Grand Strzelecki Track
The Grand Strzelecki Track is a wonderland for those of us who love nature. The track links the Morwell National Park with the Tarra Bulga National Park. With wide open vistas at every turn there is plenty of space to get away from the crowds and get back to nature.
Home to the tallest flowering hardwood trees on earth, the majestic Mountain Ash makes the Strzelecki Ranges of Gippsland like no other place. These massive trees and prolific jungle-like undergrowth that cloaked these ranges when white settlers first arrived became known as The Great Forest of South Gippsland, or simply The Great Forest. Much of The Great Forest was lost to sawmilling and settlement, but examples are alive and well in the eastern Strzelecki Ranges where they are now preserved in Morwell National Park, Tarra Bulga National Park, the Gunyah Rainforest Reserve, and 30,000 hectares of privately managed protected forests connecting and surrounding these core areas.
Until The Grand Strzelecki Track was built, most of these forests were inaccessible to the public except for short walks in the two national parks. Now bushwalkers can traverse from park to park and enjoy extended walks beyond park boundaries, discovering clear mountain streams, hidden natural treasures, waterfalls, sweeping views, rare and endangered ecosystems, and flora and fauna that most visitors to the region have never seen.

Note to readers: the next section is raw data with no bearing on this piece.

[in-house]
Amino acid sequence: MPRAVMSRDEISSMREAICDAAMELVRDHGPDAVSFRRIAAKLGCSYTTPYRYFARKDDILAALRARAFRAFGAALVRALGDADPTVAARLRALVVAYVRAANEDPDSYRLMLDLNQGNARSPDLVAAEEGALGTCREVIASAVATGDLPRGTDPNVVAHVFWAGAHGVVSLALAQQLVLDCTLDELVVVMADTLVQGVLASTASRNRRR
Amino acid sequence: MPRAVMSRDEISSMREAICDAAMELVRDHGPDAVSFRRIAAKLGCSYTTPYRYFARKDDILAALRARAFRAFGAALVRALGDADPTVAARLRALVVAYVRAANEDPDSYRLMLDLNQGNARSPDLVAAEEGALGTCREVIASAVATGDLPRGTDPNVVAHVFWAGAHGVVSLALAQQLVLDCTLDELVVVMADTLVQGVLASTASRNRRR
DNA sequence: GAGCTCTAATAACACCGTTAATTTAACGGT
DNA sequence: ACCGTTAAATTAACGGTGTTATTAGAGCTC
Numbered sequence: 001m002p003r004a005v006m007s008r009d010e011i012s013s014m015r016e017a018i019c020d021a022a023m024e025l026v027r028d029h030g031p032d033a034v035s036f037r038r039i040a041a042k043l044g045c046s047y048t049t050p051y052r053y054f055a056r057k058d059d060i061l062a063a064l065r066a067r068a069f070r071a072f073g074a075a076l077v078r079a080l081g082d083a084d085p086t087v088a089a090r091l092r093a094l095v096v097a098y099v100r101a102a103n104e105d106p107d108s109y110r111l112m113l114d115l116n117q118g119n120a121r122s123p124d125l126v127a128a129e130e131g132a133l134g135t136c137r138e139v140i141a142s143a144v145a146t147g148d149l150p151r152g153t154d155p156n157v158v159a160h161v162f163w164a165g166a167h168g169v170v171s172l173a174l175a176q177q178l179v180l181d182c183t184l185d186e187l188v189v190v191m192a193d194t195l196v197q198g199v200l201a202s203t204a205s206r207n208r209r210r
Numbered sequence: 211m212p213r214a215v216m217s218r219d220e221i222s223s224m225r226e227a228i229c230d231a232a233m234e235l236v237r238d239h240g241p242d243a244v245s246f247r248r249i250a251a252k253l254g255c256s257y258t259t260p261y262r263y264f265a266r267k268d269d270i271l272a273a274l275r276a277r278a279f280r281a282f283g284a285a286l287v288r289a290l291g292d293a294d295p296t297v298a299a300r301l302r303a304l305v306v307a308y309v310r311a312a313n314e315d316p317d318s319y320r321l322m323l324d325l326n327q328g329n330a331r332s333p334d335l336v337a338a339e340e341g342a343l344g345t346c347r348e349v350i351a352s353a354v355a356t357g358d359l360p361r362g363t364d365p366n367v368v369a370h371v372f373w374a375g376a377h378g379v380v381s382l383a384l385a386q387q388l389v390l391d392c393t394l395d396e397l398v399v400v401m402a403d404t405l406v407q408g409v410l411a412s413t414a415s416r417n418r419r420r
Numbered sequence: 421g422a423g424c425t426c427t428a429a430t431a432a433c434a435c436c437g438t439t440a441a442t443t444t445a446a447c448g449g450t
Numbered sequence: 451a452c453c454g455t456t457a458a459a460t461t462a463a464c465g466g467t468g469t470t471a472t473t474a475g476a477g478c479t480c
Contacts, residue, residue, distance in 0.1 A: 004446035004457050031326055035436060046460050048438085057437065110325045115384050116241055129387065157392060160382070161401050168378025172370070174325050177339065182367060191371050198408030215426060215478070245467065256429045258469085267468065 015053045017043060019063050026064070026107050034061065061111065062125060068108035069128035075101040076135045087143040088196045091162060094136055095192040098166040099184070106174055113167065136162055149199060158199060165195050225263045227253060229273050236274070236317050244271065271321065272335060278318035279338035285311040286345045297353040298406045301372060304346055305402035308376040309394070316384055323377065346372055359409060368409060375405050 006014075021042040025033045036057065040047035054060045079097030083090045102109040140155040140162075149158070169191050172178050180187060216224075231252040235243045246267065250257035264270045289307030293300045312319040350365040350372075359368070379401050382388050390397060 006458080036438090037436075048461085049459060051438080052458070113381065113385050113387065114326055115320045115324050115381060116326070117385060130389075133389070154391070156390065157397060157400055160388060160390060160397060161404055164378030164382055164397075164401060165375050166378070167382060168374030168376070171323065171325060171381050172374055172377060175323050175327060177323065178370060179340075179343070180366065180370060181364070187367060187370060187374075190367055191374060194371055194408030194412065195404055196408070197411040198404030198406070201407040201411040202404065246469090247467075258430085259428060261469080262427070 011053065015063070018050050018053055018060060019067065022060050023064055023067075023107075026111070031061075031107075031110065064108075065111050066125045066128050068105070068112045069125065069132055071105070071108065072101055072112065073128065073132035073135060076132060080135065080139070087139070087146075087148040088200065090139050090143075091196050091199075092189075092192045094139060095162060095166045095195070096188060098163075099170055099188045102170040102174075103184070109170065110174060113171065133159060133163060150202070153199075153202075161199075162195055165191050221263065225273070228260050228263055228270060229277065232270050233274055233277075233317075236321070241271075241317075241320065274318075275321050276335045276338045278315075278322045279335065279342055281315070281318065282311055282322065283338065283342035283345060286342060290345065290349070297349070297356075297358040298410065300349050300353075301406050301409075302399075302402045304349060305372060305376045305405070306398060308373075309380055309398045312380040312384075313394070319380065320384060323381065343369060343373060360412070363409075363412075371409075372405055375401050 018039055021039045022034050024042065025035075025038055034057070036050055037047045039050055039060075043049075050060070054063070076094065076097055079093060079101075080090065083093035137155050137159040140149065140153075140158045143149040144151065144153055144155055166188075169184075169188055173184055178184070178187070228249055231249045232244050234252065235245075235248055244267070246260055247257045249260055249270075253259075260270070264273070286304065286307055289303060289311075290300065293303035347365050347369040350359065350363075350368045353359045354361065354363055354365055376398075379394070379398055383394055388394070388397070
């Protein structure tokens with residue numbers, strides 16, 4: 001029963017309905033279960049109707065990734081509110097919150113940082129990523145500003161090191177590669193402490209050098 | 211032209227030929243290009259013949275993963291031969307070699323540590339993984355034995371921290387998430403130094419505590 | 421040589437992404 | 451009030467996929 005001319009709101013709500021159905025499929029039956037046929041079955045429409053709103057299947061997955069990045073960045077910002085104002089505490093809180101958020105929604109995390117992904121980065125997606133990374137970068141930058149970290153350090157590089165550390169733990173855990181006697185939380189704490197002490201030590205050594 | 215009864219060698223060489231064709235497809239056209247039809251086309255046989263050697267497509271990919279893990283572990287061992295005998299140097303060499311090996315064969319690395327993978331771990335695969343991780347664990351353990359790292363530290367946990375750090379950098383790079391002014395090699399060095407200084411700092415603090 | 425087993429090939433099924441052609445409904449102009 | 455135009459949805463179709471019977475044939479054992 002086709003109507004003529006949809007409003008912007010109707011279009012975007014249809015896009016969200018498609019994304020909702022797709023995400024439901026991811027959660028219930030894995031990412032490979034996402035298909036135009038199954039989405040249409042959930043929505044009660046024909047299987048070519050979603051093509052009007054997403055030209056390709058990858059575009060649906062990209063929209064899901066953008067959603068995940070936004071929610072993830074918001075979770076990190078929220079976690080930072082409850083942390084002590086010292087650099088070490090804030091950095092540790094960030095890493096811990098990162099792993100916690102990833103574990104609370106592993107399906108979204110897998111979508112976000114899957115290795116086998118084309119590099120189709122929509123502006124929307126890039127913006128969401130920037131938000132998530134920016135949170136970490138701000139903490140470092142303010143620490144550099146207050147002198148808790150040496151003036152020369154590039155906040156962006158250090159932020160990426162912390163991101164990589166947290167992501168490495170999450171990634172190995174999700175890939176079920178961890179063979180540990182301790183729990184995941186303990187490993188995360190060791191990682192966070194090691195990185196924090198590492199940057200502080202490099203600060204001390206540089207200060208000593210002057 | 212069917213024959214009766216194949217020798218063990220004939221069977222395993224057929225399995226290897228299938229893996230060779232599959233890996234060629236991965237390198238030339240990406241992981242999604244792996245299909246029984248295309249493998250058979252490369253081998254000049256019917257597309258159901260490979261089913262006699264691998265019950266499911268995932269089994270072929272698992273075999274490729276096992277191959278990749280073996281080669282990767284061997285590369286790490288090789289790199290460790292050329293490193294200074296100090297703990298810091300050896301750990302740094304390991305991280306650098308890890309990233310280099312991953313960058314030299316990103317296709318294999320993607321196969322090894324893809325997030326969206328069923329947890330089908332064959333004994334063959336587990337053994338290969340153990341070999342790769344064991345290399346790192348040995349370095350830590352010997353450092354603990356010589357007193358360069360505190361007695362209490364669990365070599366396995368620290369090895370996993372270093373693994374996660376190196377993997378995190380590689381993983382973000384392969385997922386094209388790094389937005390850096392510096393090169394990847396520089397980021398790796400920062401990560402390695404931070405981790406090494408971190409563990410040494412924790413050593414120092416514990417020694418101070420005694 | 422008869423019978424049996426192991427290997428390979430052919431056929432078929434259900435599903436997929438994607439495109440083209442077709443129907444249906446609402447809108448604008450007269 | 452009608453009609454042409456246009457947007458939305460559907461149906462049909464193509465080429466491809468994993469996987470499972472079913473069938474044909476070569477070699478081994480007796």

The track is easy to find with four entry points located 10 minutes to ½ hour from the Gippsland towns of Churchill, Traralgon and Yarram. There are walks for everyone, regardless of your level of experience or fitness, so come and breathe the fresh air and lose yourself – in this lost world which most trekkers still don’t know exist!
While parts of The Grand Strzelecki Track are graded easy to medium, other parts are challenging and require a high level of fitness and experience. Overall, the Track is Class 4 under the Australian Standard which means that some parts are narrow foot track with minimal infrastructure provided, requiring self-sufficiency, navigation skills (although it is generally well marked) and responsibility for your own safety.
The Latrobe Visitor Information Centre also sells topographical hiking maps to help you plan your walk.